Featuring Conan O'Brien, Ridley Scott, and one appalling documentary.
Austin's South-By-Southwest Film Festival is famously more laid back and idiosyncratic than the taste-making Indiewood buzz factory known as Sundance. And yet, the 2011 edition of SXSW often felt more slick than scruffy, with high-profile projects sharing a certain tonal sameness I can only describe as Sundance-y.
Win Win (starring Paul Giamatti), The Beaver (Jodie Foster's study of family dysfunction starring Mel Gibson), and the award winning Christians-gone-wild road-trip warmedy Natural Selection were three different flavors of the same well-crafted, well-acted, self-consciously edgy but ultimately well-behaved formula on show this year. It's a recipe favored by slumming A-listers, big studio "indie" divisions and all the usual suspects of the current festival-industrial complex. Like other films of the Sundance-y genre, they violated the Seinfeld rule (no hugging, no learning) and depicted deep feelings without necessarily stirring them. While those prestige pictures might have been the most talked-about films at SXSW 2011, the movies that really stuck with me were fueled by more visceral emotions and sharper, less predictable rhythms.
1. Conan O'Brien Can't Stop
Moment to moment, director Rodman Flender's backstage chronicle of Team Coco's 2010 "Legally Prohibited From Being Funny on TV" tour (the live, multi-city comedy/music juggernaut which spanned the downtime between Conan's ouster from The Tonight Show and his re-emergence as the face of TBS late night) was hands-down the funniest, most enjoyable film at the festival. But O'Brien's spiky, live-wire persona (and his willingness to reveal his nastier, needier side) is what elevates the movie. That honesty transforms what could've been a puff piece into a fascinating reflection on the non-stop drive separating the guy on stage from the audience laughing in the dark.
2. The Innkeepers
This ghost story from Ti West (The House of the Devil) doesn't exactly break new ground, but it did scare the bejesus out of me, with an intense climax that came back to haunt me days later (alone in the dark of my own scary basement). Pat Healey and Sara Paxton (a rising young actress with the perky charisma of a sexy blonde Muppet) star as the last two employees of a spooky old New England inn, and West nicely captures the dead-end banter of workaday wage slavery before the hotel's actual dead people start making their presence known.
3. SXSW Shorts
Some of the most innovative and unnerving directorial visions of the festival came in bite-size form this year, from the inexplicably surreal A Travel Tale of Interminable and the disturbing Mothersbane to the Jim Jarmusch-meets-Mean Streets character study John's Gone and the happy hippies of Man & Machine: A Naked Robotic Love Story. These films won't be playing soon at a theater near you, but they're well worth seeking out online.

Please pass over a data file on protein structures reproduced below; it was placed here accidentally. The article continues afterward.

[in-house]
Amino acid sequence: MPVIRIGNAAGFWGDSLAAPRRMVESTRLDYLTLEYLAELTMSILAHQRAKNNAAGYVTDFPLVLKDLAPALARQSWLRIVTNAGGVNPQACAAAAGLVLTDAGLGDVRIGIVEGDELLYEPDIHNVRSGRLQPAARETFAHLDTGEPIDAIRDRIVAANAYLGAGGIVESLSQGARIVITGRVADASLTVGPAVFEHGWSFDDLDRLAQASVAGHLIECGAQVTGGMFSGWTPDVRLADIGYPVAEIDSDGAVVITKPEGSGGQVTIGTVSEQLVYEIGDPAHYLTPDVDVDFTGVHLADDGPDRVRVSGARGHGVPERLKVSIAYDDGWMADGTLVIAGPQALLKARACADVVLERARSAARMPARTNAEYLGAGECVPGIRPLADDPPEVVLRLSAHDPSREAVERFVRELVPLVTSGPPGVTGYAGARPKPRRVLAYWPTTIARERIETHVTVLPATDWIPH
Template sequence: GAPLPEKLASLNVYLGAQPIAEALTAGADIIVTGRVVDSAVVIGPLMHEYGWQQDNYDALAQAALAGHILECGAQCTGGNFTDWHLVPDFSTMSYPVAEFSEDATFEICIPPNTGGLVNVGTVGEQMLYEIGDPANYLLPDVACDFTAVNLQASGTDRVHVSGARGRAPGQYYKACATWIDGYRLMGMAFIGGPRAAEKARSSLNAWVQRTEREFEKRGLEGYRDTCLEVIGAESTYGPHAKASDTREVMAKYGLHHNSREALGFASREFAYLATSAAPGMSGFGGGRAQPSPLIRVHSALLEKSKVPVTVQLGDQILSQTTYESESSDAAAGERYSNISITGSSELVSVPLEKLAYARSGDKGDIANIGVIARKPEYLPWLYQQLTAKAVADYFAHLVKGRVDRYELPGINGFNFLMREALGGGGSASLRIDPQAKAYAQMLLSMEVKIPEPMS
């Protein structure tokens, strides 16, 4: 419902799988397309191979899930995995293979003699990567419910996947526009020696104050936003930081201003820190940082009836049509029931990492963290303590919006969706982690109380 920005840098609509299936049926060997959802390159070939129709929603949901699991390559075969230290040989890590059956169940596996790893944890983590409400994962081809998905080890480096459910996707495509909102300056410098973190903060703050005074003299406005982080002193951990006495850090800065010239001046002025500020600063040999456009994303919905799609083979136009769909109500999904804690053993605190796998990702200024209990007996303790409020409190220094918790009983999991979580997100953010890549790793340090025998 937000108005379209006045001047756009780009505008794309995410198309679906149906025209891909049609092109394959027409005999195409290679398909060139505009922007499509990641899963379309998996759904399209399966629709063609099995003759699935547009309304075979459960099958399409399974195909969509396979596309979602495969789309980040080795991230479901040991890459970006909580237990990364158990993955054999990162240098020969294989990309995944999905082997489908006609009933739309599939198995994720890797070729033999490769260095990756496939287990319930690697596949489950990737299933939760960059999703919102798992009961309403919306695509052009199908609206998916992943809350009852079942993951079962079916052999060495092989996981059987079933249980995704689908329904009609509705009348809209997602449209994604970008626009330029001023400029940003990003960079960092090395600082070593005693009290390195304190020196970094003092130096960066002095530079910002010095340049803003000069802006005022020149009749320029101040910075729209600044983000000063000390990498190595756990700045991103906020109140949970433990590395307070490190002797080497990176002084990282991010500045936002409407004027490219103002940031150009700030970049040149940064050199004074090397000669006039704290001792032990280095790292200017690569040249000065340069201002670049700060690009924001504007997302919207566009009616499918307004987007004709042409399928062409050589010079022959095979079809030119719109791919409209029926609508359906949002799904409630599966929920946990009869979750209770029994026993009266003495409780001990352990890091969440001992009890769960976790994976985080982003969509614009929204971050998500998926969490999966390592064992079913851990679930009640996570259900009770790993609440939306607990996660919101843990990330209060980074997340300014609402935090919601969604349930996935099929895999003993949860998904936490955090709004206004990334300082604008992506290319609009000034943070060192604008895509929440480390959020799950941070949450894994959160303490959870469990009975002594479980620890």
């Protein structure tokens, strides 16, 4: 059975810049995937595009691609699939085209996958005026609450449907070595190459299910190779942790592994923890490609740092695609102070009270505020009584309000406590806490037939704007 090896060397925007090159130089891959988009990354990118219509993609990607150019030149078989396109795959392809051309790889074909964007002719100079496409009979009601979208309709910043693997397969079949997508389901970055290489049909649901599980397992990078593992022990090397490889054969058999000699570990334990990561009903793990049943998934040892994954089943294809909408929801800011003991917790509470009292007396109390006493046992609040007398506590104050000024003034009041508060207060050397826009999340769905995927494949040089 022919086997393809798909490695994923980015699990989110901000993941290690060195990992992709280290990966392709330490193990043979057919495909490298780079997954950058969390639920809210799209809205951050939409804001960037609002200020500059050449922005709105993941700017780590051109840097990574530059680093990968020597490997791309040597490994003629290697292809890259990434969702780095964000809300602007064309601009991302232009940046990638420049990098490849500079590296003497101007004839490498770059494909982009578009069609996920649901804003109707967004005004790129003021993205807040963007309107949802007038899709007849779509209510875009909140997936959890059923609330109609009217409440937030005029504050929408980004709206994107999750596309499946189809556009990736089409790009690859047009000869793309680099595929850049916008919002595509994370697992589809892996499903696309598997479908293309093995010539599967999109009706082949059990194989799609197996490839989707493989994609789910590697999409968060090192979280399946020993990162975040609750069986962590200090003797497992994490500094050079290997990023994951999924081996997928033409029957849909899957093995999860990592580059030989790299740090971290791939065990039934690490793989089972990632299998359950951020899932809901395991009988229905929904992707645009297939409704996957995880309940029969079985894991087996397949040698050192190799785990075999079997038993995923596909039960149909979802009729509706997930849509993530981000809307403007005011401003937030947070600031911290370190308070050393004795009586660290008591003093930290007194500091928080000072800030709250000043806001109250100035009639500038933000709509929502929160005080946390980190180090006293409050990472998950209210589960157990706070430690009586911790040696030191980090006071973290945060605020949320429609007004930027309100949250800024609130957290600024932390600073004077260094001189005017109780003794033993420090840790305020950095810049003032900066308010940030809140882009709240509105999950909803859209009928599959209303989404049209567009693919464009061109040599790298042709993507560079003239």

4. Life In A Day
Challenged to upload clips depicting a typical day in their lives, thousands of YouTube users from around the world submitted videos of grief, celebration, and everything in between, along with their answers to questions like "What do you love?" and "What do you fear?" Director Kevin Macdonald (and producer Ridley Scott) shaped a ninety-minute snapshot of life on Earth from the thousands of hours of material they received. It's hard not to lose yourself in the gorgeous A.D.D. diversity of the resulting film, from the beautiful harmonies of African workers to the viral-video goofiness of a father passing out in the delivery room while shooting the birth of his child.
5. Self Made
Better This World (by Katie Galloway & Kelly Duane de la Vega) and Errol Morris' Tabloid were both thoroughly enjoyable documentaries, but my fifth spot goes to Self Made, a curious British experiment situated in the gray area between art and psychology. After responding to an ad placed by director Gillian Wearing, a group of average blokes and birds confronts its personal demons via a series of intensive Method acting exercises set in a minimalist rehearsal space. They ultimately deliver remarkably compelling performances in personalized cinematic scenes.
Kumaré has a promising set-up: placing himself at the center of his own documentary, Morgan Spurlock-style, director Vikram Gandhi poses as the titular guru to expose the scamming ways of (mostly New Age) spiritual leaders and the gullible suckers who buy into their nonsense. But then Kumaré gathers a flock of yoga enthusiasts with real-world problems and attempts to help them, like a fake therapist videotaping his patients' sessions as part of a self-aggrandizing cinematic stunt. Festival-goers rewarded the film with an Audience Favorite award, perhaps viewing it all as a harmless Borat-style goof. But the difference here is that Gandhi exploits his psychologically vulnerable victims for weeks, while blithely hoping everything will turn out okay in the end. The result is an icky, exploitative viewing experience.